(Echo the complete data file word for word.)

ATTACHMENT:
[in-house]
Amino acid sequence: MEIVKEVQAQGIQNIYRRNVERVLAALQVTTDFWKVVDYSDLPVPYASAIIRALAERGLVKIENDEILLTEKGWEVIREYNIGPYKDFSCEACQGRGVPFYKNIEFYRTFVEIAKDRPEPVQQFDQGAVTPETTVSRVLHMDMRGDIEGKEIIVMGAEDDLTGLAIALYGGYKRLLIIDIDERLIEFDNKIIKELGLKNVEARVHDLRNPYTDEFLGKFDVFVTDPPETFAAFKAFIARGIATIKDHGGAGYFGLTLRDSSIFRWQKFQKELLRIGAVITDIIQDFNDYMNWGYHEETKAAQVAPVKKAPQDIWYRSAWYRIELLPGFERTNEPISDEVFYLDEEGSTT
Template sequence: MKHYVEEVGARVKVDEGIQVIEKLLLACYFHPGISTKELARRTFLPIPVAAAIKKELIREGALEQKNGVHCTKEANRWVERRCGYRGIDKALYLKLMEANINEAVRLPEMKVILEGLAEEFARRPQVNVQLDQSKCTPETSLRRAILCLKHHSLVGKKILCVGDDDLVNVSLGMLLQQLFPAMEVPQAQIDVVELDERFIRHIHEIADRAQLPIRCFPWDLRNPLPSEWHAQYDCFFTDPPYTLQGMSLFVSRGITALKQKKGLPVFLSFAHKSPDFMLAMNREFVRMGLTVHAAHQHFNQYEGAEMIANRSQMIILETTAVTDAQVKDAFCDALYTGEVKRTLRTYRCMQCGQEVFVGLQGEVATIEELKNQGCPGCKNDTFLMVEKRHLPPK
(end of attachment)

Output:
[in-house]
Amino acid sequence: MEIVKEVQAQGIQNIYRRNVERVLAALQVTTDFWKVVDYSDLPVPYASAIIRALAERGLVKIENDEILLTEKGWEVIREYNIGPYKDFSCEACQGRGVPFYKNIEFYRTFVEIAKDRPEPVQQFDQGAVTPETTVSRVLHMDMRGDIEGKEIIVMGAEDDLTGLAIALYGGYKRLLIIDIDERLIEFDNKIIKELGLKNVEARVHDLRNPYTDEFLGKFDVFVTDPPETFAAFKAFIARGIATIKDHGGAGYFGLTLRDSSIFRWQKFQKELLRIGAVITDIIQDFNDYMNWGYHEETKAAQVAPVKKAPQDIWYRSAWYRIELLPGFERTNEPISDEVFYLDEEGSTT
Template sequence: MKHYVEEVGARVKVDEGIQVIEKLLLACYFHPGISTKELARRTFLPIPVAAAIKKELIREGALEQKNGVHCTKEANRWVERRCGYRGIDKALYLKLMEANINEAVRLPEMKVILEGLAEEFARRPQVNVQLDQSKCTPETSLRRAILCLKHHSLVGKKILCVGDDDLVNVSLGMLLQQLFPAMEVPQAQIDVVELDERFIRHIHEIADRAQLPIRCFPWDLRNPLPSEWHAQYDCFFTDPPYTLQGMSLFVSRGITALKQKKGLPVFLSFAHKSPDFMLAMNREFVRMGLTVHAAHQHFNQYEGAEMIANRSQMIILETTAVTDAQVKDAFCDALYTGEVKRTLRTYRCMQCGQEVFVGLQGEVATIEELKNQGCPGCKNDTFLMVEKRHLPPK